Winterizing Your Garden

Posted on Monday, 5 October 2020 under Local Food & Agriculture

It’s just about that time of year to think about winding down your garden after a bountiful growing season. Typically, the thinking is to clean up the garden by pulling out old plants, turning over the soil, adding compost, etc. As it turns out, all this hard work is not only unnecessary, it is actually detrimental to the soil and to wildlife. By doing less and practicing different techniques, your garden will capture carbon and build up healthy soil for the next season. Here are practical ways you can prepare your garden for winter that benefit wildlife, the environment, and your future self.

Let The Plants Rot in Your Garden

Leaving plants to decay in your garden is beneficial for several reasons. First, old plant matter can provide valuable nutrients to go back into your soil. There is greater potential for it to break down allowing nutrients to seep back into the soil that will be beneficial for next years’ plants. Second, it acts as the perfect habitat for wildlife. Some of the wildlife that will use your old rotting plants as homes for the winter are:

  • Native Bees – Many native bee populations need places to spend the cold winter months that are safe from predators. They may find hollowed-out plants to tuck away in or nestle under some bark or larger plant material. Many of North America’s native bees are ground-nesting, so often they will bury in a safe place under plant material and in the ground to lay an egg and leave their larvae to burrow all winter. All native bees are important pollinators, so removing every last piece of material in the garden, leaving them stranded for the winter does us no good. Gardens can provide them a much needed habitat during the winter.
  • Ladybugs – North America is home to hundreds of ladybug species, many of which spend their winters tucked under piles of leaves, the bases of plants, under rocks, and anywhere else they can find safe refuge. Ladybugs are notoriously good pest eaters, so keeping them around in your garden is a huge win for all of us.
  • Predatory insects – There are plenty of predatory insects beyond ladybugs that you want in your garden. At all stages of life, they nestle into decaying plant material just as other insects do. Predatory insects help control pest populations so give them a reason to stick around your garden, especially in the spring as pests emerge in greater numbers.
  • Butterflies – Some butterflies fly south to overwinter, however many stick around including swallowtail and cabbage white, and take shelter until spring. Chrysalis hang from dead stems or amongst old leaves and decaying plant material, so leaving as much as you can in your garden for them is the best way to ensure they have a habitat for the winter.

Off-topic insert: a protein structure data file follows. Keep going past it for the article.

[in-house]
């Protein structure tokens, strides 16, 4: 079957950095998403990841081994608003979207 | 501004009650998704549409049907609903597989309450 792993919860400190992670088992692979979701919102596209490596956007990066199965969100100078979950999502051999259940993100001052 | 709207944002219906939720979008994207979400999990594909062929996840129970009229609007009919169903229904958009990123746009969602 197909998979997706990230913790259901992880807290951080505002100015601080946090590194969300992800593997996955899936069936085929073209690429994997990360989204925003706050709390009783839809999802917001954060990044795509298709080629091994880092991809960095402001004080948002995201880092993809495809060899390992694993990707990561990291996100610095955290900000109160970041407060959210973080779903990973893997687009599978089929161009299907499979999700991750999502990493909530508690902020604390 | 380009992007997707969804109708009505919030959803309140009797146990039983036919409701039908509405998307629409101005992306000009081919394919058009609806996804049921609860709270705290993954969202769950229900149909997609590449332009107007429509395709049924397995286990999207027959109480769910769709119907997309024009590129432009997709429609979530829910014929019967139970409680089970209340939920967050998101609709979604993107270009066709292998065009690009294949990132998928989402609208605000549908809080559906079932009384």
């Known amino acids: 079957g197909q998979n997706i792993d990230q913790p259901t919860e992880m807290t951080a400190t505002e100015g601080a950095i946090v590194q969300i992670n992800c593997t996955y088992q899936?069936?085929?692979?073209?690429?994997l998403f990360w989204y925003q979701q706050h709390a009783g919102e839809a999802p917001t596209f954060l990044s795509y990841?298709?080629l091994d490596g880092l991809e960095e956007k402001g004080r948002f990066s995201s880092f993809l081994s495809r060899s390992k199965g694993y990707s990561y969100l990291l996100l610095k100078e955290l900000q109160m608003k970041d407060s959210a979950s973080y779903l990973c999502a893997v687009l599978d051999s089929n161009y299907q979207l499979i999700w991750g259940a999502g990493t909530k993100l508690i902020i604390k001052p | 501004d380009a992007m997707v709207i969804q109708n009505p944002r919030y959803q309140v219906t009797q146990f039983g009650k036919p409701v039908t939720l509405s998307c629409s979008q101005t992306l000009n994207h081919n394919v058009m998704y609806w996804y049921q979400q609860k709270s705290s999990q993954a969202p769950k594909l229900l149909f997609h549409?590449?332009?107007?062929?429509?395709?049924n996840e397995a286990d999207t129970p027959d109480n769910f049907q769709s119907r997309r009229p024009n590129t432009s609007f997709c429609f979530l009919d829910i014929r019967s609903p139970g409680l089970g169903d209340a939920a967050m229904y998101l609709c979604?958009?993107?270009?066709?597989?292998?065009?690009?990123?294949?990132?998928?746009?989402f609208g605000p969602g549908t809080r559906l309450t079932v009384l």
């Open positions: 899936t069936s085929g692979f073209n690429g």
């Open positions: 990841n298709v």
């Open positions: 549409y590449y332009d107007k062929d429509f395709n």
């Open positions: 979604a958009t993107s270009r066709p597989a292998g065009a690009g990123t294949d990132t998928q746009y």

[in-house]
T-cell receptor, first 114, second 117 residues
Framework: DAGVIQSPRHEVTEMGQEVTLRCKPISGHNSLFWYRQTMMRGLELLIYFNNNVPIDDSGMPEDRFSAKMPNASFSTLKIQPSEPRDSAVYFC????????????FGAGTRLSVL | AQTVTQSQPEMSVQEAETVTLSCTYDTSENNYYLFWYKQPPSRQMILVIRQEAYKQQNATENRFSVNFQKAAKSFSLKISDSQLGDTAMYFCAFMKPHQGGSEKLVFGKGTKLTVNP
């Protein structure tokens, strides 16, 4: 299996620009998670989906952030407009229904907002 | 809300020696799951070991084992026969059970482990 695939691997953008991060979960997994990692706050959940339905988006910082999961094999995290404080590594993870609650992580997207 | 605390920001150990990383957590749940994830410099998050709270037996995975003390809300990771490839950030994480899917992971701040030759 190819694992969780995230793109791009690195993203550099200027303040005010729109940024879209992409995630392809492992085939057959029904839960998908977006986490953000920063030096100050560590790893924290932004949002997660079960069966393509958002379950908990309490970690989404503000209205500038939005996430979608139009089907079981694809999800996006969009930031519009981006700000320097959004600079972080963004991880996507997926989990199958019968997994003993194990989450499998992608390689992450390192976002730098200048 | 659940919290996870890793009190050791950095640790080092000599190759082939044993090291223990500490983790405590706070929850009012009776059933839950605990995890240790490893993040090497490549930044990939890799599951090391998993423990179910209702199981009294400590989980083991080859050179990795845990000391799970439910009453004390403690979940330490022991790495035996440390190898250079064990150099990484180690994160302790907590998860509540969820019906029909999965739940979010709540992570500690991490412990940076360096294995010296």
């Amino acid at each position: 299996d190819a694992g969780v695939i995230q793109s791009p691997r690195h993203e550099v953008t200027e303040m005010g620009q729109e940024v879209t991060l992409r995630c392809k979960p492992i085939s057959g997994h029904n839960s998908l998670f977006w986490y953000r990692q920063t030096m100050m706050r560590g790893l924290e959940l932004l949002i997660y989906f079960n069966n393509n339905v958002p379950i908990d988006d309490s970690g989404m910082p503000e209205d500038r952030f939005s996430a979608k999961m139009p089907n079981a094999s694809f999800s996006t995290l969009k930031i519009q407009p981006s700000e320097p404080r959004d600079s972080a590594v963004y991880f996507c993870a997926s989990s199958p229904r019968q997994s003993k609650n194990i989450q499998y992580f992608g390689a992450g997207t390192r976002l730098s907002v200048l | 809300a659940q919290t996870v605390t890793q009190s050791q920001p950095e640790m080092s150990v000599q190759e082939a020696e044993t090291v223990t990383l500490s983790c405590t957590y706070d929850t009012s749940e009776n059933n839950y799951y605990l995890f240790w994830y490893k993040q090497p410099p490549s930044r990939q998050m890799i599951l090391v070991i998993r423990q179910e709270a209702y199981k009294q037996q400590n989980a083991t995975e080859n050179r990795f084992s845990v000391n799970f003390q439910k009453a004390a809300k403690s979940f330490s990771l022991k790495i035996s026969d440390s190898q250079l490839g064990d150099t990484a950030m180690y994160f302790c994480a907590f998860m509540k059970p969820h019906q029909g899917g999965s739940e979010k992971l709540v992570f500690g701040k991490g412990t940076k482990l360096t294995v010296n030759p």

• Birds – One of the reasons it is beneficial to provide insect-friendly habitat in your garden over the winter is to provide a winter food source for birds. By leaving your overgrown plants in the garden, birds will have the opportunity to feast on seeds and berries.

Set Your Soil Up for Success

Not only will the following pointers set next year’s plants up for success, but they will also benefit the environment by capturing more carbon in the soil. By using any of the suggestions listed below, there will be less carbon released into the atmosphere and more readily available nutrients for next year’s plants. Although capturing carbon in your garden is on a small scale, it is important to make an effort to contribute to best practices.

Leave your soil undisturbed. Try to avoid turning over your soil unless you have a good reason to do so.

  • If you don’t have a lot of decaying plant material, find a way to mulch your garden using dried-up leaves, wood chips, etc. Providing your soil with a covering protects it from the harsh winter weather.
  • Keep weeds over winter, but be sure to remove them early in the spring before they flower and go to seed. The weeds will keep nutrients in the soil and protect the soil from erosion.
  • Plant cover crops. Hardy legumes provide a fabulous nitrogen source for next years’ crops.
  • Add a thick layer of compost and cover with leaves. Your soil will benefit greatly from this technique.

These insects are vital to the success of your garden, ensuring they have habitat for the winter months is important for the long-term success and sustainability of your growing space. Giving back to the soil encourages carbon sequestration and building nutrients, a benefit for both you, the gardener, and our climate. As your beautiful fruit and vegetable gardens wind down, start thinking about the best way to winterize your garden.